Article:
I have spent my life simultaneously working within and challenging patriarchal conventions. It’s what I do as an edge-walker and a change agent.
My leadership model is not only spiritual, it is female, Goddess centered and feminist and seeks to achieve gender and racial justice. It is also infused with Leaderful, Teal, post-conventional, integral, embodiment, activist and modern protest perspectives.
I focus less on the differences and more on developing, enhancing, encouraging and fostering the fullest potential of every person, regardless of any gender binary or societal limitations.
I articulate a leadership style that leads from love. Not a “fluffy” kind of love, but a deep, authentic love that can be tough and fierce and challenging as well as kind, embracing, expansive and empowering. I include emotional and spiritual and somatic intelligences, not just the intellect. My leadership development includes questions for reflection, poetry, exercises, embodiment practices, chants, music, movement and the creation of ceremonies, altars and rituals.
ev0ke: You have also released the poetry collection, Crone Times. How did you decide which poems to include? And which poem was the most difficult, but ultimately most satisfying to write?
LS: As I moved into my sixties I became more and more surrounded by people dying, illness and increased awareness of my own ageing. As I explored the Goddess forms of Crone and Callieach new poems began to flow. Ones that celebrated Crone, The beauty, power, wisdom and fabulous juiciness of older women living life to the full with all the aches and pains, as well as good humour and high spirits. I also wanted to acknowledge my experiences of loss, facing death and the depths and suffering of the Crone experience. For me Crone is an important manifestation of the sacred feminine/Goddess, in the later stage of life.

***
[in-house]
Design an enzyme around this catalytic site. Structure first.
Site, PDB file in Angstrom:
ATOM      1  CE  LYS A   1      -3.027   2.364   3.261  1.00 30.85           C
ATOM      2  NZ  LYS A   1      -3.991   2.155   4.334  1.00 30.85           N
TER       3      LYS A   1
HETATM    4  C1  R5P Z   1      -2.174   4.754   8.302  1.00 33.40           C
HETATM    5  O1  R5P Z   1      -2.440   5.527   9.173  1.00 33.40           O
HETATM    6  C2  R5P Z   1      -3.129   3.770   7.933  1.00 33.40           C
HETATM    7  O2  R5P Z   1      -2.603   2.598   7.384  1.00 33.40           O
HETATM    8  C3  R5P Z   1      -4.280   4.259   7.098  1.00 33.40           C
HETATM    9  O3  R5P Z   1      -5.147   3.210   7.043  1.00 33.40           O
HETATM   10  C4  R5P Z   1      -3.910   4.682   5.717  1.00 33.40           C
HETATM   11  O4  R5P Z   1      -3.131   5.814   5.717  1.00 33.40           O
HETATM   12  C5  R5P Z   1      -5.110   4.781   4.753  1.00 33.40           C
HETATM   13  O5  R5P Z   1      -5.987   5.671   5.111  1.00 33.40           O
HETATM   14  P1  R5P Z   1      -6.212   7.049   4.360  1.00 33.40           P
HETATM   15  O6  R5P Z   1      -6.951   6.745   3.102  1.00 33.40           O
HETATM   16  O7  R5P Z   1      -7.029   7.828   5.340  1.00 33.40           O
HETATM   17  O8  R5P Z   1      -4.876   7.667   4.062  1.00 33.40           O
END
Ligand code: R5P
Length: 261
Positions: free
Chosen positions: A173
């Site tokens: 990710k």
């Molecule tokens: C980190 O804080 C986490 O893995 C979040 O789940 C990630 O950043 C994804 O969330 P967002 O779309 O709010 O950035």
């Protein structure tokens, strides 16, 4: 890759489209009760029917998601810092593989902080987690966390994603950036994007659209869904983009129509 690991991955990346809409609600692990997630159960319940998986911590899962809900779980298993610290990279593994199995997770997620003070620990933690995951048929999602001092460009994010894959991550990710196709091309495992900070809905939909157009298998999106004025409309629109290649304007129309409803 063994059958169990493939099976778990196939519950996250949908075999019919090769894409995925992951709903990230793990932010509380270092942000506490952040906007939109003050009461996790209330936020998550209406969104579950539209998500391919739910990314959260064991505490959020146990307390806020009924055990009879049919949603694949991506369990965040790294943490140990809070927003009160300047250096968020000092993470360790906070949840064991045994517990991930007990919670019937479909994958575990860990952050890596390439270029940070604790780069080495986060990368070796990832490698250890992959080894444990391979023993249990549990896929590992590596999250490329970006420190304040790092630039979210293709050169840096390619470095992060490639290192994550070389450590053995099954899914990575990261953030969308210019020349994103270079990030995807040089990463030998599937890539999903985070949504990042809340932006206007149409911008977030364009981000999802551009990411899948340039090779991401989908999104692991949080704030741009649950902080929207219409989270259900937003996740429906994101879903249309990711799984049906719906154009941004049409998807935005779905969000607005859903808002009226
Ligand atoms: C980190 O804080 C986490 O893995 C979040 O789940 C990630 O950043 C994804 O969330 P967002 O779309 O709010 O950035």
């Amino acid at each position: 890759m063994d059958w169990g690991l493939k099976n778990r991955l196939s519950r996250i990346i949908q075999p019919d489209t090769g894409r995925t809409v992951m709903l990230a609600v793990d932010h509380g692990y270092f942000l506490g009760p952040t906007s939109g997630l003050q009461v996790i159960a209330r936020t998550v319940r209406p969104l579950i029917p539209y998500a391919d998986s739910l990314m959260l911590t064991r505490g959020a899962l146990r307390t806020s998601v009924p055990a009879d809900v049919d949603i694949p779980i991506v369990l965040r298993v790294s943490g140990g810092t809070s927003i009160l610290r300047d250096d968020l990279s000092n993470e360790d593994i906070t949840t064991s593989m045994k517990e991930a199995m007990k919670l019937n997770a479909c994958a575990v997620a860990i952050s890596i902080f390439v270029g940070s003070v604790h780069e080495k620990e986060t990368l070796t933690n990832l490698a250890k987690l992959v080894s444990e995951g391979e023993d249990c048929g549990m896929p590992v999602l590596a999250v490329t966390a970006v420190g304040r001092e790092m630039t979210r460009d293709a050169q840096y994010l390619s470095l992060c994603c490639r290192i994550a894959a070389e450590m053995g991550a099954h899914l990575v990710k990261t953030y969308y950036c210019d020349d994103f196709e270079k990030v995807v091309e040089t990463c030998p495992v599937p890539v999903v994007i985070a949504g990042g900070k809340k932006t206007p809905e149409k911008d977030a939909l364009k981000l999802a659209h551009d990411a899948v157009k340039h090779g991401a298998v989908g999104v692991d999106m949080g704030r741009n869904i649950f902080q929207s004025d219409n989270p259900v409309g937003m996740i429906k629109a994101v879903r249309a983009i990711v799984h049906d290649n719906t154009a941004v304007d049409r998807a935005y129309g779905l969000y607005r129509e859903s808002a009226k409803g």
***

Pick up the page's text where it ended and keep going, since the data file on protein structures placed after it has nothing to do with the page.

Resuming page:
As I looked at the fifty poems I had written I grouped them into the themes of crone, death and dying, bleak, no self and burning.
The most difficult poem to write was “Watching My Mother Die” as it was a literal experience of sitting at her bedside in the hospital after a very severe stroke. It was her second stroke so we had had nearly a year in which to say all the things that needed to be said as the threat of a second stroke always felt imminent. She was 86 and ready to leave the earthly plane.